Commissioners Donate Easement For Bike Path Extension< < Back to
The Athens County Commissioners agreed to donate an easement for construction of the Columbus Road bike path spur being pursued by the city of Athens.
City officials met with commissioners on Thursday about the easement. Although city officials asked that it be donated, they also indicated a willingness to get an appraisal if the county wanted paid.
However, the piece of property involved is very small — 0.028 of an acre — and the commissioners said they will donate the easement. It is located where the Columbus Road bike path spur will tie into the county-owned portion of the Hockhocking Adena Bikeway near where the bikeway crosses the railroad tracks at the end of Armitage Road.
The Messenger recently reported that the city was awarded a $500,000 grant from the Clean Ohio Trails Fund for the $1,425,000 project, having already been awarded $735,000 in federal money from the Transportation Alternative Program Fund.
"We plan to start construction as soon as possible after the first of the year," Andy Stone, city public works director, told the commissioners. He said the project, as well as other bike path spur projects, is in keeping with the city's goal of making the path a transportation resource and not just a recreational trail.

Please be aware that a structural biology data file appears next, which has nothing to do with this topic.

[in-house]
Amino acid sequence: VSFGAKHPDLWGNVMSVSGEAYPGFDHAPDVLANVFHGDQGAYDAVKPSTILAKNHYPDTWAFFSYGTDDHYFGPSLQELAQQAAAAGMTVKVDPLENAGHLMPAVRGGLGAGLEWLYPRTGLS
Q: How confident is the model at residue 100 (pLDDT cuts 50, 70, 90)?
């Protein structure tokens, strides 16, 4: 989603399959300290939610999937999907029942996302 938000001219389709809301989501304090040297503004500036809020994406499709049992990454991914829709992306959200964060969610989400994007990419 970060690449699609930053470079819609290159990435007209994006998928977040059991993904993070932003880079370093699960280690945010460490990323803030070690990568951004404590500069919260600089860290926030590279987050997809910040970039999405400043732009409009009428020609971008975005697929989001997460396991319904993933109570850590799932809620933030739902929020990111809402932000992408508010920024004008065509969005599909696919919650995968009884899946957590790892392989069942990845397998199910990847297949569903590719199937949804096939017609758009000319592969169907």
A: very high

After the meeting, Stone said the city has heard some critique of the Columbus Road bike path project as being unnecessary because no one lives on Columbus Road.
"That is untrue," Stone said in an email to The Messenger. "There are quite a few residents in that area, and if not in the city, then right of the periphery. … There are also quite a few businesses on Columbus Road who would love to have a way for more patrons to access them, rather than just driving."
Stone told The Messenger that the city also has not given up on the idea of creating a bike path spur to an old Hocking Valley Canal lock, which at one time was considered as a possible addendum to the Columbus Road project.
"We'd love to at some point," Stone said. "We just couldn't afford to do that right now."
The lock is located in the city's Armitage water well field at the end of Armitage Road, a short distance from the Columbus Road spur. The idea is to build a loop that would actually go through the lock.
The 2013 estimate for the lock spur was $241,642, including $150,000 for stabilization of the lock, according to Jessica Adine, project manager for the city's department of engineering and public works.
"We felt this cost, coupled with the longer environmental clearance, put this addendum to the (Columbus Road) project out of reach at the moment," Stone said. "The primary goal of the project was to connect the Columbus Road area to the rest of the city."
Stone said one possibility is to connect the lock to the bike path with a temporary gravel spur, until a paved addition can be built.